The Los Angeles Community Garden Council recently celebrated the state’s allocation of $150,000 for two community gardens in Burbank.
Among those celebrating the funds were local community garden supporters, volunteers, Burbank officials and state Sen. Anthony Portantino, who secured the funding from the 2022-23 state budget after being introduced to the city’s community gardens by former Mayor Sharon Springer.
“I was deeply impressed by the wonderful sense of community spirit when I was invited to visit the new garden kickoff by Sharon Springer,” Portantino said. “How could I not help secure funding to enhance the effort when I had the chance? And this weekend we got to collectively celebrate and appreciate the terrific volunteers, supporters and staff who are making it happen.
“Gardening as a collective community project improves the quality of life for residents in Burbank and creates a beautiful functioning food outlet and recreational space.”
Local residents, the city of Burbank and the L.A. garden council have partnered to develop two community gardens in Burbank—one that has opened and one that is on the way. These are intended to create a collaborative, diverse and welcoming environment for people to grow produce and fostering environmental preservation and appreciation. The Sustainable Burbank Commission began the idea for the community gardens about a decade ago.
One of the gardens is located on Chandler Boulevard at Pass Avenue, and the other is slated to open at Hollywood Way and Clark Avenue this fall.
“I’m thankful for the support from Sen. Portantino and I’m thrilled to work alongside [the L.A. garden council] to bring these community gardens to Burbank,” said Mayor Konstantine Anthony. “Cultivating fresh produce, encouraging sustainable practices and raising civic engagement are a few of the many benefits to come. I can’t wait to see our residents and our community thrive.”
“The Burbank community gardens and Sen. Portantino’s monetary state support underscore the importance of starting a project, nurturing it forward to the finish line and a commitment to the ongoing care of the finished project,” Springer said. “An attitude and reflection of gratitude to each individual, group and organization is important to us as a community. We must continue to move forward with collaborative ideas that invite contribution, participation and community building. A project such as this connects us to the environment and our food supply in an intimate way.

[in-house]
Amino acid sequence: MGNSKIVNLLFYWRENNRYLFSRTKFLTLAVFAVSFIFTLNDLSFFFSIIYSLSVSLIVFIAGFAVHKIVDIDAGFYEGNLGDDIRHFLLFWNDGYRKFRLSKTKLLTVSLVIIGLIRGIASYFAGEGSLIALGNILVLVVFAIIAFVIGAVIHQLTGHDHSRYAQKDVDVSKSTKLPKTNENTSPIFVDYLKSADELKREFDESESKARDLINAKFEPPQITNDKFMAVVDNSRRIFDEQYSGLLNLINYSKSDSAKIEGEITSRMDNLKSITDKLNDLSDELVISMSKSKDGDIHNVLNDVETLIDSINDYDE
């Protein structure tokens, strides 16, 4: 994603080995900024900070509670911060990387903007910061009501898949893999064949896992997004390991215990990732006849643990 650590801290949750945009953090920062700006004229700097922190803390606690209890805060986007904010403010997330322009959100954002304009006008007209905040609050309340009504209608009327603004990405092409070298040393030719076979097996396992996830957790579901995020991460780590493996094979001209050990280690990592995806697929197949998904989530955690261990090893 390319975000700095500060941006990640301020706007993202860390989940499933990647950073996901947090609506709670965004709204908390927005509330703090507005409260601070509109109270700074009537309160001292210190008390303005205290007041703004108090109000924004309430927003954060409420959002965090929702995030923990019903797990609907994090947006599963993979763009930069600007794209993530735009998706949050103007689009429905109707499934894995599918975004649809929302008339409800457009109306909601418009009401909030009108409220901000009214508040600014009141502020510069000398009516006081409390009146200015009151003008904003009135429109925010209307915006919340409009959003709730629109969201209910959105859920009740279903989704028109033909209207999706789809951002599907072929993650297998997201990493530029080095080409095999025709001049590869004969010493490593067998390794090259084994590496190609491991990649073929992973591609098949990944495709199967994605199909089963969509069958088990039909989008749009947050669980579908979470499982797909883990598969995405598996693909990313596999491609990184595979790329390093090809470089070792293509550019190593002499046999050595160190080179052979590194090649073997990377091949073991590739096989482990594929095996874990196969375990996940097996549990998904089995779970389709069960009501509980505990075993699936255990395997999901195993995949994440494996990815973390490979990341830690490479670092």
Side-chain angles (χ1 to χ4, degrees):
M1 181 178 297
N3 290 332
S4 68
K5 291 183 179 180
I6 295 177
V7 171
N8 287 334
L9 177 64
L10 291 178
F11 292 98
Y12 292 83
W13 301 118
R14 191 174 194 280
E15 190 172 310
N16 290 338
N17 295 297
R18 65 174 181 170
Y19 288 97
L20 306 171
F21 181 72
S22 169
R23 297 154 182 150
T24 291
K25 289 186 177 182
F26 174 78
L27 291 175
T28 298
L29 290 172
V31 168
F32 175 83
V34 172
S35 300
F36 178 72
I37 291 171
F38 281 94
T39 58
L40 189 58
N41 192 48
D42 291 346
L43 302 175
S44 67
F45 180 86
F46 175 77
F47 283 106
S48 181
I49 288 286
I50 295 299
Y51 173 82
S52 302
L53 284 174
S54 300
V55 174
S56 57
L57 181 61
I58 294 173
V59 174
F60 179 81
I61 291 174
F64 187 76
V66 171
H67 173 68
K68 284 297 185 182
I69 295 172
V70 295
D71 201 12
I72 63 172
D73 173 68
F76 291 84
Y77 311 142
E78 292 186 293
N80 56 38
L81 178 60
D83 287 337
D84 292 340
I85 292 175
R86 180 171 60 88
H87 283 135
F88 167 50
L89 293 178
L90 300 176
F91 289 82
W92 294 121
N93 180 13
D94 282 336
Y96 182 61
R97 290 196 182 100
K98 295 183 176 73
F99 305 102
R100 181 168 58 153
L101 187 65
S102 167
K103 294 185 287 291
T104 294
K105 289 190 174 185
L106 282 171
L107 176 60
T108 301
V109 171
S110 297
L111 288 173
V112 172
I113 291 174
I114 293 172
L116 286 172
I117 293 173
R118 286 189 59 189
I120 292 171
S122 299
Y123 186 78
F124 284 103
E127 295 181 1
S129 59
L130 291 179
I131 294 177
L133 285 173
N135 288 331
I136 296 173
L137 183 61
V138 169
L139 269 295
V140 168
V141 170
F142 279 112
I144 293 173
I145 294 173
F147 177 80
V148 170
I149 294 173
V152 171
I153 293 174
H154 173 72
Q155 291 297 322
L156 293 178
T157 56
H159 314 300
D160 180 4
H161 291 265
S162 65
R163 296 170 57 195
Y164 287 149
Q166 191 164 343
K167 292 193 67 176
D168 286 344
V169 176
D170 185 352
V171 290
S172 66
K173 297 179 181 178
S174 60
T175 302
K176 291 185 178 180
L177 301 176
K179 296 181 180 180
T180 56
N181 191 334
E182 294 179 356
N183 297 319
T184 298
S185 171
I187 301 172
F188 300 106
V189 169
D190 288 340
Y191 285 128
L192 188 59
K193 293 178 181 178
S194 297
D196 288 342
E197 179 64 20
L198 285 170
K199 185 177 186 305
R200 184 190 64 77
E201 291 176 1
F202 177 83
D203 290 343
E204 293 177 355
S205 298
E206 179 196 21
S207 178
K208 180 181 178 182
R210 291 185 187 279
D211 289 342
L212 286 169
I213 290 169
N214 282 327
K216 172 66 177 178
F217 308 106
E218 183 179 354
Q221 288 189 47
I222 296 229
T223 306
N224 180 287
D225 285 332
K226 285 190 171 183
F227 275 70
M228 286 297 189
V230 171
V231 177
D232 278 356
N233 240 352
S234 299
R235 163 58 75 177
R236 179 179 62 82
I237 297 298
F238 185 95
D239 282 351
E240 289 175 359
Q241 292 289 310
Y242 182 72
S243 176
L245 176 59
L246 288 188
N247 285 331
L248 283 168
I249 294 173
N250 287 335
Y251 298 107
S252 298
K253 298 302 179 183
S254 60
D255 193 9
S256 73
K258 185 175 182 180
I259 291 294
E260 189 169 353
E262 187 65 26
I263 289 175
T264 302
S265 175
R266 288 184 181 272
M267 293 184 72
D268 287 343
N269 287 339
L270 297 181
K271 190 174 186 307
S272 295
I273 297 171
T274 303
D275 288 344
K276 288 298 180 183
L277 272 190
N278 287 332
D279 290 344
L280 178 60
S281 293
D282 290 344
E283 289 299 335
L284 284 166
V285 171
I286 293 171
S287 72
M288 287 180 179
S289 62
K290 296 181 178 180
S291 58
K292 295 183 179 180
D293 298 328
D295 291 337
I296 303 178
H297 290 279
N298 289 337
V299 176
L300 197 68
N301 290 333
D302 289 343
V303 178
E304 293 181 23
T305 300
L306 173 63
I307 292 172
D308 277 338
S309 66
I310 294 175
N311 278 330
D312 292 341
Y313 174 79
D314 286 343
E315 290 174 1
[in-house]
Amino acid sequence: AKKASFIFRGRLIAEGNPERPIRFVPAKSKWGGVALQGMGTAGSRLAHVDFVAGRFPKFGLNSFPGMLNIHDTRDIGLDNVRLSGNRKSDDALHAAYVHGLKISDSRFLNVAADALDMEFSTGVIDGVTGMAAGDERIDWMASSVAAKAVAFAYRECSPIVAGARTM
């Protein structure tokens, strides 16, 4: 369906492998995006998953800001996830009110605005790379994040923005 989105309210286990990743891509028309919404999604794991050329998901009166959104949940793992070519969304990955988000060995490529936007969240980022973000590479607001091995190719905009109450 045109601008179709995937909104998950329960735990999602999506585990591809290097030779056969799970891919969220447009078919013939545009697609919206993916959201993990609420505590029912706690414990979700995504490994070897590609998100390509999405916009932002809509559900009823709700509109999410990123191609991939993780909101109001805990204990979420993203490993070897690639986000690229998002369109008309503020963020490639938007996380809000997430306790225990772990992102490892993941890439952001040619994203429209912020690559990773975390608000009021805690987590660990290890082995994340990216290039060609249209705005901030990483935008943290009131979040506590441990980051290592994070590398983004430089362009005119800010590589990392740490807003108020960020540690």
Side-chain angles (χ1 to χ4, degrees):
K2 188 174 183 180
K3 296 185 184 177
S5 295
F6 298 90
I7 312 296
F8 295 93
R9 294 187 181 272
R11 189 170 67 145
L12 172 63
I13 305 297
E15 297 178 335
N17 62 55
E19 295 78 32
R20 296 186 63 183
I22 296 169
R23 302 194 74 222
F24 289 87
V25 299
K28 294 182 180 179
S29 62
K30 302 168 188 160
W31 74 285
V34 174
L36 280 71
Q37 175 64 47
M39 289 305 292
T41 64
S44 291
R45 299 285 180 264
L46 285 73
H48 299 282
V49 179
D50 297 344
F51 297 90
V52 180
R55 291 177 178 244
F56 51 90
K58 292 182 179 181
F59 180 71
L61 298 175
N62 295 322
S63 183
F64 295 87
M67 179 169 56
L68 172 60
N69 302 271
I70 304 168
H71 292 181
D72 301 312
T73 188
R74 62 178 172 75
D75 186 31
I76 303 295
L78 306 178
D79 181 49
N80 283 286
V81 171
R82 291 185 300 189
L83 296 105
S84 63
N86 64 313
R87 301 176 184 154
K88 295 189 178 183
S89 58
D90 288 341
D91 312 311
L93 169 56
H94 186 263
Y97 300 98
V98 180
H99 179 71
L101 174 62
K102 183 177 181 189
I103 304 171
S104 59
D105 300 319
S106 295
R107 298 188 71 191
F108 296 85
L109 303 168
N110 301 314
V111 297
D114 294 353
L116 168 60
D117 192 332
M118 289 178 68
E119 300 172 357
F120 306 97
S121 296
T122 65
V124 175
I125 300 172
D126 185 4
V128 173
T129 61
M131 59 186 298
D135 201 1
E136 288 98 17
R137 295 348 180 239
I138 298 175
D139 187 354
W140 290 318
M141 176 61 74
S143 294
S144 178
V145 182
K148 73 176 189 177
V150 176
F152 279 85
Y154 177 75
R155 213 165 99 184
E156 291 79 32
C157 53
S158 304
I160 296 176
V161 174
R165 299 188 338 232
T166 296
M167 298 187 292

“If we pay attention, we can clearly see the cumulative impacts of our actions and hopefully, we will be inspired to live in a way that is more thoughtful and respectful of our planet and our co-inhabitants here and around the world,” she added.
Plans call for the funds to be split between the two local gardens; the money is in addition to a $120,000 allocation by the city for capital improvements, a city official said.
The state funds also will support programming and education.
“Gardens are humbling; they come alive in the deep space of soil, the seasonal pulses of rain, and the powerful links of diversity,” said Kreigh Hampel, a member of the Burbank Community Garden Steering Committee. “In gardens, all of our living systems are breathing, connected, hungry and alive.”
Diana Campos Jimenez, interim executive director for the Los Angeles Community Garden Council, depicted the two Burbank community gardens as offering “cool, green, safe neighborhood space, where families can bring their children and meet their neighbors.
“The Los Angeles Community Garden Council is happy to work in partnership with Sen. Portantino to bring new opportunities for exercise, balanced diet and good health to Californians,” she added.
First published in the March 18 print issue of the Burbank Leader.